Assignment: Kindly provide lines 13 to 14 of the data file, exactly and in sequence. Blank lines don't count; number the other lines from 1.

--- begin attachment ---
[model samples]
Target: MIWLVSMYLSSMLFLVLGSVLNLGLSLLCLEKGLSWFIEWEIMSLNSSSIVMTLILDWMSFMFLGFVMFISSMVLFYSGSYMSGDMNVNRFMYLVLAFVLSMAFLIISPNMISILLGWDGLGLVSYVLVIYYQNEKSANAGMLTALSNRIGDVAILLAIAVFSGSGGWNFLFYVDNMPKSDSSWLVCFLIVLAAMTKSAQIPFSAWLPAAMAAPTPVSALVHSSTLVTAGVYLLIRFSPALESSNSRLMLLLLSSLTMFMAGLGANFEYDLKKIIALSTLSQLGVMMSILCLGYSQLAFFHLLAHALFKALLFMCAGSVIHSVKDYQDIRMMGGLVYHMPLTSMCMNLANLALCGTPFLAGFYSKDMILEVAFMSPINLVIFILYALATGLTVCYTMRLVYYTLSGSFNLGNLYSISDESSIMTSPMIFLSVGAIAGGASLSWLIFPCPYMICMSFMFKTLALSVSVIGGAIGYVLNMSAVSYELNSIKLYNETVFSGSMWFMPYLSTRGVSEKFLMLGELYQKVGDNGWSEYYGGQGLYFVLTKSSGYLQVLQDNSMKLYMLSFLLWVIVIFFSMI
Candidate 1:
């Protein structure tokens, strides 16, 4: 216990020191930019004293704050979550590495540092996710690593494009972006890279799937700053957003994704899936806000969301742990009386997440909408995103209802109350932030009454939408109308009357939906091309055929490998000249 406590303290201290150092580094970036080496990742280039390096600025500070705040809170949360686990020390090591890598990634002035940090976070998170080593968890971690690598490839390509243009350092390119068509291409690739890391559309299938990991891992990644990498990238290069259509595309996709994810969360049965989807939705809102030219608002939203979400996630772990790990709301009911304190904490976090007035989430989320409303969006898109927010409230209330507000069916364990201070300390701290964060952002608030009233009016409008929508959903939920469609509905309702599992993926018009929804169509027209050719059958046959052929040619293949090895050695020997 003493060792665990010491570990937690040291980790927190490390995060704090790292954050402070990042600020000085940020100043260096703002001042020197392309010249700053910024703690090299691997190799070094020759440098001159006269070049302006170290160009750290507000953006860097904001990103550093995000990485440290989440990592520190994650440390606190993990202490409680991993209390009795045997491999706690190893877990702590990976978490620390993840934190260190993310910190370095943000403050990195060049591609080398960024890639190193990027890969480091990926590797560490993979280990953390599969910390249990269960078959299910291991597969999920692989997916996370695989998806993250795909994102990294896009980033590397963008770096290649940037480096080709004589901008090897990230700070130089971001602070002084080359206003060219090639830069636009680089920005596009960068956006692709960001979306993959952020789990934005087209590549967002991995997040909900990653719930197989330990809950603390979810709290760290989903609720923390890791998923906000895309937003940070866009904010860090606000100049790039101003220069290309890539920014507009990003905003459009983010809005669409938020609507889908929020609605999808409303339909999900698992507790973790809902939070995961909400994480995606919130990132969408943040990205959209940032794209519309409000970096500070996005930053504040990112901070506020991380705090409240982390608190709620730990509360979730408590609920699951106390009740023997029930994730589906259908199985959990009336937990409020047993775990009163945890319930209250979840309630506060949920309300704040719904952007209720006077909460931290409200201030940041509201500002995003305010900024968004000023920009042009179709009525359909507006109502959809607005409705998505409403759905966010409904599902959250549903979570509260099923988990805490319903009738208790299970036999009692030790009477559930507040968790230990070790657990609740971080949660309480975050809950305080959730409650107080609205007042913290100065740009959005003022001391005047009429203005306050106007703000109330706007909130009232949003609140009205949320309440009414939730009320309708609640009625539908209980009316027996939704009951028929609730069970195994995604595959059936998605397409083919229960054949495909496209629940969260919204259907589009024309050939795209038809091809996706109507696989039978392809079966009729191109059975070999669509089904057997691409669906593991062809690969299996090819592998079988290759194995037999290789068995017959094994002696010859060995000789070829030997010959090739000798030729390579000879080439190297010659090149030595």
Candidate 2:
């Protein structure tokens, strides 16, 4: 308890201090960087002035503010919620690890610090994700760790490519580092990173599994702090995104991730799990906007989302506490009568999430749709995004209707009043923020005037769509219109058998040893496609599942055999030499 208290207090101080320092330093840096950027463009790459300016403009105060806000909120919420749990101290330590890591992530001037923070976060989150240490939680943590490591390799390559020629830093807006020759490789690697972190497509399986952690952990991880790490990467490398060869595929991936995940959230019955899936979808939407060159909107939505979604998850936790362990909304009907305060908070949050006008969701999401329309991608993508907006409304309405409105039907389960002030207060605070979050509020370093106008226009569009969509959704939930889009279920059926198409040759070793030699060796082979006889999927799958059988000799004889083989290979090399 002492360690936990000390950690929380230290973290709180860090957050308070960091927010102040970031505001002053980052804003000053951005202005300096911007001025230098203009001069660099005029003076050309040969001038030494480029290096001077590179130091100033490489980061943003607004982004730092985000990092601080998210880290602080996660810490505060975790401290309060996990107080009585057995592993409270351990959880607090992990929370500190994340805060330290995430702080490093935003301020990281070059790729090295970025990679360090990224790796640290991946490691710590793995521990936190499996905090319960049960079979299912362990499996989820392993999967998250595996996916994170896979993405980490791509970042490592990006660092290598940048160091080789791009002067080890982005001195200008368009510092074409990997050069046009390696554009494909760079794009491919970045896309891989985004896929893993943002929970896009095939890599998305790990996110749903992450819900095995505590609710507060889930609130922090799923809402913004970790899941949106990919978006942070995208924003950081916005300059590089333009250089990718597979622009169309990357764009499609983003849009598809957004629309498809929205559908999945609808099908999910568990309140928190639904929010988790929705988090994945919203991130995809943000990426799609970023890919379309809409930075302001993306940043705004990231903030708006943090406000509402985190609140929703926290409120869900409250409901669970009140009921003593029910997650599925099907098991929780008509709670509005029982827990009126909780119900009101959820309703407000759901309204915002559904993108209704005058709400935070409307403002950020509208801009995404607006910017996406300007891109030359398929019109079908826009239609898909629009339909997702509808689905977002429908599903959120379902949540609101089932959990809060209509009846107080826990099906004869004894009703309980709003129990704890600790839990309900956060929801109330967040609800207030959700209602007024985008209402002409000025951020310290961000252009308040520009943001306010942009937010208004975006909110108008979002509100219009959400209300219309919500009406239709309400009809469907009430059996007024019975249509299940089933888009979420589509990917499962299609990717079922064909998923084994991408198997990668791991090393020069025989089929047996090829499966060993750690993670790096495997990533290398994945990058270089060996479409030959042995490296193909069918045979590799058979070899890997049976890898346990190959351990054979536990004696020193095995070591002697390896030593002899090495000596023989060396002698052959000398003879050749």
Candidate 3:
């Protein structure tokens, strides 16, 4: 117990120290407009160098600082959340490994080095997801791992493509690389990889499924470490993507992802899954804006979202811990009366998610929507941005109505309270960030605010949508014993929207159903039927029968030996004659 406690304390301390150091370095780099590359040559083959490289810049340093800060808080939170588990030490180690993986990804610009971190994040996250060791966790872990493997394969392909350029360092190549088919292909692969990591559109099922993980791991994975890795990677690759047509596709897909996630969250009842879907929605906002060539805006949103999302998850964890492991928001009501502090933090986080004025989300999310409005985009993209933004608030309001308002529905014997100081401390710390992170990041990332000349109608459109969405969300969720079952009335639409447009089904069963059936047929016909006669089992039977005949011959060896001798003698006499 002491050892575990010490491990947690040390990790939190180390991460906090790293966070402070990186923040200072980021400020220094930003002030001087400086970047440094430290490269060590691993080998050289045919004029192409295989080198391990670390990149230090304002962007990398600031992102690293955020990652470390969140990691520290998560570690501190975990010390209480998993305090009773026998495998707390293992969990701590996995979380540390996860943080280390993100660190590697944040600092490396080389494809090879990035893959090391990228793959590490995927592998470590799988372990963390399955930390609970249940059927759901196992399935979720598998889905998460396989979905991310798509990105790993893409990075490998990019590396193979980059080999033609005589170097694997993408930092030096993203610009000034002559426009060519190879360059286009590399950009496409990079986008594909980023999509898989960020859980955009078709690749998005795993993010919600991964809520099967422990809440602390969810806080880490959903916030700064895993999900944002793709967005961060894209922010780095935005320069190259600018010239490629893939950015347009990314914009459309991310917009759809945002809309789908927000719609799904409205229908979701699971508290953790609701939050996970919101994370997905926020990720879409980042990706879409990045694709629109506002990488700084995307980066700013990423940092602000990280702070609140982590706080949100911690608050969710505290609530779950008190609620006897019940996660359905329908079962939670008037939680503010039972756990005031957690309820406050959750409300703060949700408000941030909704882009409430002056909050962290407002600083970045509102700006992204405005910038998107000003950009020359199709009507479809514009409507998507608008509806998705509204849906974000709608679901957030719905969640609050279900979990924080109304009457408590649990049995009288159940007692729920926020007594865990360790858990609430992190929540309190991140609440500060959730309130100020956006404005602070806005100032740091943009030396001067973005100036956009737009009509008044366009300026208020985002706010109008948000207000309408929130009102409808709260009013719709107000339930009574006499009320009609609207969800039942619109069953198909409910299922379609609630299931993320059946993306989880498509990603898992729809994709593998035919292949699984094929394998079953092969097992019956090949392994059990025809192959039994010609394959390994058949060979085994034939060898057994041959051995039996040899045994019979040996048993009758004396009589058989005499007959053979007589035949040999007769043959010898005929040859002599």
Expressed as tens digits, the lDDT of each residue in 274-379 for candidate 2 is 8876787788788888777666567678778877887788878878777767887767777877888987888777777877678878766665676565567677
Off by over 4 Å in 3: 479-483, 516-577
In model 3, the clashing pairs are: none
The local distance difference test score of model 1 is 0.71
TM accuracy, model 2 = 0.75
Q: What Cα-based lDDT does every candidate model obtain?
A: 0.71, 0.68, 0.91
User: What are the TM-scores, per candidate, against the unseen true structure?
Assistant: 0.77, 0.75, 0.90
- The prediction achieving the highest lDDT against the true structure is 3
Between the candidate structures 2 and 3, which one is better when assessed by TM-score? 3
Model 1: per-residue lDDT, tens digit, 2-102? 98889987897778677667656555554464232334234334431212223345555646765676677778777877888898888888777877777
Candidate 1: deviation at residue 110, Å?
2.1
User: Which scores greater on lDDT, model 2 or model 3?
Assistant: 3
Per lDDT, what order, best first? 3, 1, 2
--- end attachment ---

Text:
TM accuracy, model 2 = 0.75
Q: What Cα-based lDDT does every candidate model obtain?